We chatted with John Parsons in the main hall at the 2006 PRI show in Orlando, Florida. We stood away from his chilling blue bomber, watching and commenting on clots of flabby and suave alike, as they ransacked it with nervous eyes and flighty, meaningless comments. But John's car is always about much, much more than meets the eye. It's a subtle dog, but the cues are there-and once you discover one of them, it leads to all the rest.
This story is about that kind of thing: like a K-bar knife-with its leather handle stacked like a boot heel juxtaposed against its flat, black killing surface-John's car is an immaculately simple design meant for only one thing. The Nova is definitely polarizing, and it is certainly for more than one purpose. It also appears to be the issue of any one of the hobby's current high-dollar darlings (Boyd, Foose, Trepanier, and others). But it isn't. It was built in a home garage by a hot rodder next door with inordinate desire, a sound perspective, and a learn-as-you-go attitude. All the more incredible is that John drives it for real-as in full-out through the esses at Road Atlanta.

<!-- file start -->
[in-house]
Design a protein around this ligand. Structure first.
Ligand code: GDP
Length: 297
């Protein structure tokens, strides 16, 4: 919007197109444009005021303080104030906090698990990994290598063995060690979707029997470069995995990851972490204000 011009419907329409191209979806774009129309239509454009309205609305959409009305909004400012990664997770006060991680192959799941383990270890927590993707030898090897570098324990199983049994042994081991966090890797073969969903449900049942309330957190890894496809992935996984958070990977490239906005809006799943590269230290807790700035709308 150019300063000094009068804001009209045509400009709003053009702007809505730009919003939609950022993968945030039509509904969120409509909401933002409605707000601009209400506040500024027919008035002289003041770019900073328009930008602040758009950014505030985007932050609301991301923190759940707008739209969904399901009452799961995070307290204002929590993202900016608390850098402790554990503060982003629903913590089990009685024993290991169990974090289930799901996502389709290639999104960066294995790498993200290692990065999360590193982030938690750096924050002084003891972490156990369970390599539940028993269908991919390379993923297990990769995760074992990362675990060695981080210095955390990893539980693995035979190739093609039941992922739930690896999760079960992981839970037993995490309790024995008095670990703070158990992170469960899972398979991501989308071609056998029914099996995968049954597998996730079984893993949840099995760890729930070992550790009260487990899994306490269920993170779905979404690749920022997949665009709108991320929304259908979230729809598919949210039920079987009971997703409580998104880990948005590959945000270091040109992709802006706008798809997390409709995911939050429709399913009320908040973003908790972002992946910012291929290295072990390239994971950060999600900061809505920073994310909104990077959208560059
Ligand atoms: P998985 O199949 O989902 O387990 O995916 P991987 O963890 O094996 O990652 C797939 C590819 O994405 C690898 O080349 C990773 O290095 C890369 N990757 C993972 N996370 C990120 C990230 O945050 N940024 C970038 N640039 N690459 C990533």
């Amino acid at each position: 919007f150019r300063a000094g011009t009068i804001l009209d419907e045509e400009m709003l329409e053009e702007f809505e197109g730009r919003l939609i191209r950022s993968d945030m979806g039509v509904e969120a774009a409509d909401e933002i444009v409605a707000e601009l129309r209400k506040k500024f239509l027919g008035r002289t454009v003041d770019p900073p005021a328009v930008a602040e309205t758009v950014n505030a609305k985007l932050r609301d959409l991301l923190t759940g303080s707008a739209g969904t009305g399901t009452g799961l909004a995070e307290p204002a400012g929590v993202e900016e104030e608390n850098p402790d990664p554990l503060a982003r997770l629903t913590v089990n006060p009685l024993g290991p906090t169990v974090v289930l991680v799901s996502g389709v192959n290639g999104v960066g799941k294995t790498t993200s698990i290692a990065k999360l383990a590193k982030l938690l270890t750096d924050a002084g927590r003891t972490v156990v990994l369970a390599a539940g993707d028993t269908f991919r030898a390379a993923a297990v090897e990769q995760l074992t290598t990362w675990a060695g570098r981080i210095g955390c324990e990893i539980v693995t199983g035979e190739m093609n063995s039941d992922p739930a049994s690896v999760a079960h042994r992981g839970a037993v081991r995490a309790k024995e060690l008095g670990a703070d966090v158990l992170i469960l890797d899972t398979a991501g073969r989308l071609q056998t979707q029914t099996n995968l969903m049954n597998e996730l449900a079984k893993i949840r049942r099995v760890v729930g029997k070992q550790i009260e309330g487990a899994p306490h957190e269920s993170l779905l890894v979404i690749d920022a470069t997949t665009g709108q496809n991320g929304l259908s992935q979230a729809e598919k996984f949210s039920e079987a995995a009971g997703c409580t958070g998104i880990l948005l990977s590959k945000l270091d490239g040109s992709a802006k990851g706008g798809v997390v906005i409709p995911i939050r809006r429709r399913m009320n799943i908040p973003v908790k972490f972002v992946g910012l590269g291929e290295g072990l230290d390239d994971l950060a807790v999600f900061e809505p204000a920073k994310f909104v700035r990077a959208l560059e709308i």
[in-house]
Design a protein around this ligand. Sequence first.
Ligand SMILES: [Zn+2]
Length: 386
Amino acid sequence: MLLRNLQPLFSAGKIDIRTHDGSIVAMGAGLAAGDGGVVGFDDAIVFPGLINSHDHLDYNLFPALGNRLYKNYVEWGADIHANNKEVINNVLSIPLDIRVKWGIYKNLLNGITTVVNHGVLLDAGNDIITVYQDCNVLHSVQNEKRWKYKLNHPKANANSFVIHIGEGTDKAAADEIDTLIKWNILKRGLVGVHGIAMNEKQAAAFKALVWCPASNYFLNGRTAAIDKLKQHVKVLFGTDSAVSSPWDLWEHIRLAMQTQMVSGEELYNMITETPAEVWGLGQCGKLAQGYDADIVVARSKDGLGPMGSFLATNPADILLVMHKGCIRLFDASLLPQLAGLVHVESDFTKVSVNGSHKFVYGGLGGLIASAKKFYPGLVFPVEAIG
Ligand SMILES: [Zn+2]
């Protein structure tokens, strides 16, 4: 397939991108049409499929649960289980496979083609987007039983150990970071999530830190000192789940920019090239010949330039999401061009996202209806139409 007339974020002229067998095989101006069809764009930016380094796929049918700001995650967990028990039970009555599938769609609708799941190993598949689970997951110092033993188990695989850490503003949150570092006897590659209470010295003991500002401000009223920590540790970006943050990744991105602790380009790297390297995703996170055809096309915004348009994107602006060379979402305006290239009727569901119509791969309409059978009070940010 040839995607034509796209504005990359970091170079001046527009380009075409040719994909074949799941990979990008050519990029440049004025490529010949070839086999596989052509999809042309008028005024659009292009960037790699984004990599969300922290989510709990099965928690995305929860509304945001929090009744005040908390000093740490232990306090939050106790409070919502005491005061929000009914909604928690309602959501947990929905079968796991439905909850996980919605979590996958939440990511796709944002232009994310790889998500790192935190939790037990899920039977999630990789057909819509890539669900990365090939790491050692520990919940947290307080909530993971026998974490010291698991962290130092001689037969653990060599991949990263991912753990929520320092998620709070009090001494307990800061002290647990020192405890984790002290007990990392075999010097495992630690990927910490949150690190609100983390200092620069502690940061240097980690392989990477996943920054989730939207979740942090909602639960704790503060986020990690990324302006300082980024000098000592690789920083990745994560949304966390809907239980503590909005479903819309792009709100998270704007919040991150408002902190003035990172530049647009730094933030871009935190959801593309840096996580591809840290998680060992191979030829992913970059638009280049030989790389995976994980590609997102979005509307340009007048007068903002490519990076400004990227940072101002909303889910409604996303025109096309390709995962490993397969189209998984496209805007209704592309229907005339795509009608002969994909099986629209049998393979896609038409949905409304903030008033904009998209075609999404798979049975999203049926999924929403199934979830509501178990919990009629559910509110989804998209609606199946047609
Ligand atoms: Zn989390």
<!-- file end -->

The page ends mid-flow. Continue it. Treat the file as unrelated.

Skinning the cat another way: a sleeved LS2 block and a Lunati rotating assembly yield a 4
"I've owned dozens of hot rods-Novas, Camaros, Corvettes, Mustangs, GTOs, V-8 Vegas, and more. I've never been one to buy a car and leave it alone. I've always lusted after the high-end custom-built cars," John pipes. "I've been a magazine reader all my life, and I dug how simple pieces of metal could be cut and hammered and welded into useful car parts. I particularly liked reading the fabrication sequences, always thinking that I could do what I read about. I bought a nice '66 Nova with a TPI engine and automatic transmission. I was going to upgrade it over time to the car I really wanted: one of those Trepanier supercars, like 'Sniper' or 'Intruder.'"
Then John stumbled over his destiny, right there on the Mac's CRT screen. He found the Art Morrison Web site, and ordered a catalog, reading it hundreds of times. He saved to buy one of its chassis, but realized that if he wanted to build the car anytime soon, he'd have to sell the Nova for seed money. John bought Morrison's rails, complete with a street rod front and rear suspension, as well as a bare body for about what he sold the Nova for. Now he had a shiny new chassis, a carcass he'd hauled out of somebody's shed, and no money.